The engineering world is filled with folks who were first inspired by the fantasy gadgets in movies, television and cartoons. A Star Trek convention just might be the highest density of human intelligence on Earth.
So hats off to Hopewell Studios artist Richard Sargent, who created the Greatest Robot Reunion of All-Time, presumably with an open bar serving motor oil cocktails.
On first glance, the characters that immediately jump out at me are the “Lost in Space” Robot (who I believe is just named “Robot”), “Yo Gabba Gabba’s” Plex, C3PO (who looks like he found a new girlfriend), Rosie from “The Jetsons,” the Android mascot, Bender from “Futurama” and Wall-E’s girlfriend, EVE.
Who jumps out at you?
Where's WALL-E? How many robots can you name? (Click the image to enlarge)
You can buy your own copy of the “Where’s WALL-E?” poster here.
So before garbage Dumpsters become grimy, smelly receptacles of stuff we never hope to see again, they start out as pristine metal containers that you could eat from.
Designer and artist Greg Lincoln Kloehn, a direct descendent of the world’s most famous rail splitter and log cabin guy (Abraham Lincoln), put a bedroom, kitchen, bathroom, roof deck and even a bar into an ordinary trash bin.
Would you want to live in one? The mortgage payments must be affordable!
This simple napkin sketch, which has been making the rounds on Facebook, is originally credited to Star Trek actor George Takei’s feed, although it is unclear if he came up with the idea or posted it from elsewhere.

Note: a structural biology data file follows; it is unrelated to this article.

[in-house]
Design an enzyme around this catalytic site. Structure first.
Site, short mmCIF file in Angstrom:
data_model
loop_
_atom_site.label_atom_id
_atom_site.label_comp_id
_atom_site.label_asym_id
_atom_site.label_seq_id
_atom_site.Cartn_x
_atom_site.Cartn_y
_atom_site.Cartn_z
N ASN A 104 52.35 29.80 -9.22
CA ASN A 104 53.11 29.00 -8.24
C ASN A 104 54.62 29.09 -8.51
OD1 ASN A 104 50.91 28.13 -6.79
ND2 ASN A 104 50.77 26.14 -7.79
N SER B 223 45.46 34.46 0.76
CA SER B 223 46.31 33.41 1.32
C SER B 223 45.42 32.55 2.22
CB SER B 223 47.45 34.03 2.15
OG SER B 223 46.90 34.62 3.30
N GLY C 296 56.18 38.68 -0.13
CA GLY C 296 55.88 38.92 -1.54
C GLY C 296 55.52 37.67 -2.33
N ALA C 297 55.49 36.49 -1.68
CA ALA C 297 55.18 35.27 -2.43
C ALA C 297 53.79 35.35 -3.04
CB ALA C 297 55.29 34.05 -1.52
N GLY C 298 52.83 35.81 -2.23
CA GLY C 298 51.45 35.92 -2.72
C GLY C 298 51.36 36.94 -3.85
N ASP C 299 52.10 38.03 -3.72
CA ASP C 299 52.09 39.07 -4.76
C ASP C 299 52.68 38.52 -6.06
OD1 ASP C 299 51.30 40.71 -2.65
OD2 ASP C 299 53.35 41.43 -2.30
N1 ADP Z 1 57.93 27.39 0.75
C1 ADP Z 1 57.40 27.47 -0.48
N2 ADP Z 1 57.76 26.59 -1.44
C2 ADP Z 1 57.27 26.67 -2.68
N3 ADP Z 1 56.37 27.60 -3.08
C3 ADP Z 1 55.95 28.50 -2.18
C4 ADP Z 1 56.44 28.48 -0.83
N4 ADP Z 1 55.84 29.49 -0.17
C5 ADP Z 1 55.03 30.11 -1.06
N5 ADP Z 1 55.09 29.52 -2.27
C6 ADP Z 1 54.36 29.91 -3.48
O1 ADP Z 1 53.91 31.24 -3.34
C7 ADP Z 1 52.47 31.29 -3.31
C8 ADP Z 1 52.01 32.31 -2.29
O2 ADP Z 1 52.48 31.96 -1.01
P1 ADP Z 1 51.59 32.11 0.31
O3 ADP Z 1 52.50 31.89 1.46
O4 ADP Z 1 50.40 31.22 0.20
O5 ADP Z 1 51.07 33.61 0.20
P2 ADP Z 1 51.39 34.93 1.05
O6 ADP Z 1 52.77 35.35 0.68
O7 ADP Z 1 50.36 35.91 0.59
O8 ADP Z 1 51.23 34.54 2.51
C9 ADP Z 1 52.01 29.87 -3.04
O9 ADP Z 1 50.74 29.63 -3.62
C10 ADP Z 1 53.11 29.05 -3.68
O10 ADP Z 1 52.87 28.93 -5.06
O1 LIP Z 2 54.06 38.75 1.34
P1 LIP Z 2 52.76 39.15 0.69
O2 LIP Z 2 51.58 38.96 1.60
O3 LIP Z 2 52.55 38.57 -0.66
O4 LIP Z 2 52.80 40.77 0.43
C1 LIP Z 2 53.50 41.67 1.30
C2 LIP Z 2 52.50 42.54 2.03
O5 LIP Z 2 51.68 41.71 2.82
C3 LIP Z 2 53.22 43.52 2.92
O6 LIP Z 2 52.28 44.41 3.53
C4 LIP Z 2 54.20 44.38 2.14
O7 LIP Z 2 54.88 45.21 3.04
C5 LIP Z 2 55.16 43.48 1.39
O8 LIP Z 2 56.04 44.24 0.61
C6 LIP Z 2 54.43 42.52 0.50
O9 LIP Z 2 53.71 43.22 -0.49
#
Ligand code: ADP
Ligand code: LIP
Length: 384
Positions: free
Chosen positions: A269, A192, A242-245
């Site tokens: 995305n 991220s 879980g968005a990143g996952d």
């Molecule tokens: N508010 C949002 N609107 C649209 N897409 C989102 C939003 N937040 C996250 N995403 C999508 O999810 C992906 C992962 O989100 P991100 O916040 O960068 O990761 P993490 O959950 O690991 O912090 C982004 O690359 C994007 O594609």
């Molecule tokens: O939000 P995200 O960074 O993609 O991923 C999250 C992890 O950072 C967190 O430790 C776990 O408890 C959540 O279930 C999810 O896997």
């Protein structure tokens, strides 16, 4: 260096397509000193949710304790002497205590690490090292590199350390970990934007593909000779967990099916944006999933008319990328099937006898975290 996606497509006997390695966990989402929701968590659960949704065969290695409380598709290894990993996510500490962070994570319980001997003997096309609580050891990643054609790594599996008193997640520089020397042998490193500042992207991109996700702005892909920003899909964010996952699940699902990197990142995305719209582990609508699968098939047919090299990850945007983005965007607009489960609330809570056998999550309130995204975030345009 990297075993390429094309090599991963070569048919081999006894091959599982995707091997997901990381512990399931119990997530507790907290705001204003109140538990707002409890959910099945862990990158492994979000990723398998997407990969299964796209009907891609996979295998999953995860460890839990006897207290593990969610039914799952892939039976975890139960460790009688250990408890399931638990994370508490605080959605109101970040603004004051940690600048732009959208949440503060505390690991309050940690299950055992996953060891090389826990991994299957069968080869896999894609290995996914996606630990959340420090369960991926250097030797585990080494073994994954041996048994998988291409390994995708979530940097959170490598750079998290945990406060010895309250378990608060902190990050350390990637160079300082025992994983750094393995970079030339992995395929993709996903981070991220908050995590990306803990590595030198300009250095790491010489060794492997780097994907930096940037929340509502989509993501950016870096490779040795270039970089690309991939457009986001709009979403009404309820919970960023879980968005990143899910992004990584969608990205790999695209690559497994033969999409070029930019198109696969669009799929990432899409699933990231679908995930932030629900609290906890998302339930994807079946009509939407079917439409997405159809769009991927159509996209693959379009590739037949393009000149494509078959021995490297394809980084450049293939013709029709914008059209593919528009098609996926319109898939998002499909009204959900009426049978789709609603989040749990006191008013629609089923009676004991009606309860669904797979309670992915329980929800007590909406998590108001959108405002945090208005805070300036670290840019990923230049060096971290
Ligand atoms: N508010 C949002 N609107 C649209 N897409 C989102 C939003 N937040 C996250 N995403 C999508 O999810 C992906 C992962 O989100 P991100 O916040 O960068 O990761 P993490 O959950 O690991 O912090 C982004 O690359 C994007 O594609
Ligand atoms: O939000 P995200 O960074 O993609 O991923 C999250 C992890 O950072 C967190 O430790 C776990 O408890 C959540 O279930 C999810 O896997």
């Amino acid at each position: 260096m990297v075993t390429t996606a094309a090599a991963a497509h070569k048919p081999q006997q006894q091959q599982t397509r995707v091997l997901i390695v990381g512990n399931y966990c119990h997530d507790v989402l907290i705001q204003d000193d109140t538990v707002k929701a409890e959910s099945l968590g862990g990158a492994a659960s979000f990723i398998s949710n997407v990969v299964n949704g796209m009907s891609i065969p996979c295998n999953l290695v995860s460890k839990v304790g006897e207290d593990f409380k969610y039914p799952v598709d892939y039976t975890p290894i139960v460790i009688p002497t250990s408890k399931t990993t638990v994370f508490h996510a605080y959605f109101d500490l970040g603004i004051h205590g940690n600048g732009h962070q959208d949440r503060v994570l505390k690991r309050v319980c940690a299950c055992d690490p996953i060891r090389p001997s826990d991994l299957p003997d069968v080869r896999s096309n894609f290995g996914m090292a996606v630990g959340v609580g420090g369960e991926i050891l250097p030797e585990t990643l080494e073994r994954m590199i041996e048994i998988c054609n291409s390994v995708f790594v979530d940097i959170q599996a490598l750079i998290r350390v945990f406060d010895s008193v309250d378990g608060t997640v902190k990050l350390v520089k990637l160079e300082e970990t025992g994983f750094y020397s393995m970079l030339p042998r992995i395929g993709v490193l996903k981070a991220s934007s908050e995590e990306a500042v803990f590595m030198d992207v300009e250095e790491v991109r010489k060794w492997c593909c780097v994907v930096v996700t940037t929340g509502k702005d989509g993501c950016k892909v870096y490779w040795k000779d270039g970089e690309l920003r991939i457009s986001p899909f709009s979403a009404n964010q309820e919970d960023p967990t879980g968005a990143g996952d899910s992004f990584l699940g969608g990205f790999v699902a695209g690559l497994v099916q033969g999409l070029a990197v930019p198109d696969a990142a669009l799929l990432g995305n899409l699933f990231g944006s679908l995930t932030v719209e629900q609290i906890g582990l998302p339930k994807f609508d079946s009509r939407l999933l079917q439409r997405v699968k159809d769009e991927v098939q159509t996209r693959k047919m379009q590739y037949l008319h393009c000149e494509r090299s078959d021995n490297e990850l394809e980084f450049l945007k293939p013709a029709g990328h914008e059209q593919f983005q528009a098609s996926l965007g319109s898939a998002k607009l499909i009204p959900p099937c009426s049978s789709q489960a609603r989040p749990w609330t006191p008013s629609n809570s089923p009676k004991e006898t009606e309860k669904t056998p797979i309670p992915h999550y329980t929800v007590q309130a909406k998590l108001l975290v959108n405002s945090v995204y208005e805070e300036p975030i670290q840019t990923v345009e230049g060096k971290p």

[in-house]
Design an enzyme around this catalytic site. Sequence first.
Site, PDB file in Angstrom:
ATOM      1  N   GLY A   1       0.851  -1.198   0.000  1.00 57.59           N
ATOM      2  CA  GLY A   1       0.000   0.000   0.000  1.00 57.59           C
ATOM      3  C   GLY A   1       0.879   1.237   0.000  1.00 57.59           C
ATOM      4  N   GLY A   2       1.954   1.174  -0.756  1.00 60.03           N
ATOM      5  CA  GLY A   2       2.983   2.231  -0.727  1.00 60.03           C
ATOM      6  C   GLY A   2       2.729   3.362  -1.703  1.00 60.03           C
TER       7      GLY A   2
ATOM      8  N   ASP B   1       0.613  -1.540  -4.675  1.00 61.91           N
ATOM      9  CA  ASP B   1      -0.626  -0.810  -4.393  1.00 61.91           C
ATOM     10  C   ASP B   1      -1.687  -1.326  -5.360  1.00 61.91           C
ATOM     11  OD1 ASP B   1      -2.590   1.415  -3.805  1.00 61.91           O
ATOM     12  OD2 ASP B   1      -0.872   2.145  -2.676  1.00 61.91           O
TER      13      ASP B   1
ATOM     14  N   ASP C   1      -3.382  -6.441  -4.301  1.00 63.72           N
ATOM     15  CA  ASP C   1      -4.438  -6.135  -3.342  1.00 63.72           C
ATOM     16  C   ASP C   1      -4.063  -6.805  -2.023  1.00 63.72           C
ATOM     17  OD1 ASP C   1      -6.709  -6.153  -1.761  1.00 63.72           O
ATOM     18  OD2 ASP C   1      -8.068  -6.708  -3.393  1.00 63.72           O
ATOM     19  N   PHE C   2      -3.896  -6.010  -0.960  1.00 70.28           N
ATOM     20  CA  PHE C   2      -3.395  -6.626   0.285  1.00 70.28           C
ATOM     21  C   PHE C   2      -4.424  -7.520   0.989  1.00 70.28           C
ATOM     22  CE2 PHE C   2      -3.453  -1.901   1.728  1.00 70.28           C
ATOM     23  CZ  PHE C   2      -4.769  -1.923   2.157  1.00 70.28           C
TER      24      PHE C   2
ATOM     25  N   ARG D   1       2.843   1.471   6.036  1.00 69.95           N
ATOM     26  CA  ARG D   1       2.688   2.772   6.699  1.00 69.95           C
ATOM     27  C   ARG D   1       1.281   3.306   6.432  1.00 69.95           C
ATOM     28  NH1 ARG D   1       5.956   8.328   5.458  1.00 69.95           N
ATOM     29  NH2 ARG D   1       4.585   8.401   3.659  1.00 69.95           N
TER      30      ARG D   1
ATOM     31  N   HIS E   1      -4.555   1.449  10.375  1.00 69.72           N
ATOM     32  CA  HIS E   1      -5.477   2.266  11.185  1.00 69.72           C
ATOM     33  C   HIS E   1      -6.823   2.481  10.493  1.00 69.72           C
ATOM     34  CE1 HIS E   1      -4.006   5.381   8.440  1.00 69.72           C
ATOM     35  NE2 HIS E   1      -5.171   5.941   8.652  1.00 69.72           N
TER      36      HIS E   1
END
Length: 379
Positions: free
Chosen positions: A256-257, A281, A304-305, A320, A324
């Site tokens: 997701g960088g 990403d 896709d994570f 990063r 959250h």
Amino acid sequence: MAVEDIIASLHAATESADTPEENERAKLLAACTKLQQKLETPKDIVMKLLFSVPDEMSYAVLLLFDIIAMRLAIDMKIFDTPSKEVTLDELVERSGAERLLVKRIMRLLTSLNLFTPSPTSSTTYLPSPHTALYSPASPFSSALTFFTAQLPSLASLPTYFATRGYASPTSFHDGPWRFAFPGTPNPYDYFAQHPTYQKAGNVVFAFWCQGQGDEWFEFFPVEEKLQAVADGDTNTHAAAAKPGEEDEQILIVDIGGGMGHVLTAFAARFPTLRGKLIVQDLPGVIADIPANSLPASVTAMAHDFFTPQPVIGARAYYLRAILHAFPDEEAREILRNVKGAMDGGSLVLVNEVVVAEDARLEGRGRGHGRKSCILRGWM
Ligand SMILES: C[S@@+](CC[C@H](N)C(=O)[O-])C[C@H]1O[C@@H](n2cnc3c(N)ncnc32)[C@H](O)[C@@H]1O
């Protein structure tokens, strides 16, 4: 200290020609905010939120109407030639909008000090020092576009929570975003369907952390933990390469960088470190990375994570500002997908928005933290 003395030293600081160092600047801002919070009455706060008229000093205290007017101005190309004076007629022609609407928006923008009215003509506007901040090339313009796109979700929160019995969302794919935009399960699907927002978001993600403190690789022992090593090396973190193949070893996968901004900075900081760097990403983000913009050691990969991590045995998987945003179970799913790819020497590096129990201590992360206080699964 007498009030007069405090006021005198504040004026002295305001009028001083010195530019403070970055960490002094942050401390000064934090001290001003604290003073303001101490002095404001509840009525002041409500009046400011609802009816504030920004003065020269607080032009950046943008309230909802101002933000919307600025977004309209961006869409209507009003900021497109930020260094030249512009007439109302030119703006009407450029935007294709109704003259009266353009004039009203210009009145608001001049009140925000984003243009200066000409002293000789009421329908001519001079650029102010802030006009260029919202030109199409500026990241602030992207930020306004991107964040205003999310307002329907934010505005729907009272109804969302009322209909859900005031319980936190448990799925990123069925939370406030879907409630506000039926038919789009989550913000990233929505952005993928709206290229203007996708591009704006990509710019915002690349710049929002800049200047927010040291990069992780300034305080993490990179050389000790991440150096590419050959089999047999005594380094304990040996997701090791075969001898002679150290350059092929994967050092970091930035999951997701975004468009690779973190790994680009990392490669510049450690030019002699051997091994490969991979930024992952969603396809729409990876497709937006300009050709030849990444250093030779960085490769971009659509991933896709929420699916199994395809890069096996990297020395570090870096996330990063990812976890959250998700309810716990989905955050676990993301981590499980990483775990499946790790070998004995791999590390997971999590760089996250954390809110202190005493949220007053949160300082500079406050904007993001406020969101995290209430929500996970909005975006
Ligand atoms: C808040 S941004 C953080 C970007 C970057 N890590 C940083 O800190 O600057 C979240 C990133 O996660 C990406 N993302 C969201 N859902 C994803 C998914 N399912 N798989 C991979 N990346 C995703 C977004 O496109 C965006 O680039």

It doesn’t matter: The idea still resonates.
From an outsider’s perspective, it seems like people at the top of their industries just naturally gravitated there based on talent and smarts. Of course, any engineer, architect, or CAD manager who’s ever helped usher a product from the idea stage to reality knows better.
If you’re a Star Trek fan, you know that George Takei, a.k.a. Mr. Sulu, overcame all sorts of challenges battling ethnic stereotypes off screen — and on screen, there were tons of dicey moments with aliens.
Tell us about your experience living inside those squiggly lines. What’s been your biggest CAD challenge that you’ve overcome — whether it’s been with DraftSight or not?
…And any lessons you can share with the rest of us?
DraftSight™ is not just a free 2D CAD product that lets professional CAD users, students and educators create, edit and view DWG files –- it’s much more! DraftSight is a professional-grade product that runs on Microsoft® Windows XP®, Windows Vista®, Windows® 7, Mac® and Linux®. It’s easy to use and takes just a few minutes to download at DraftSight.com. Plus it includes fee-based, value-added Premium Services for commercial and education users and a free online community that’s loaded with learning resources.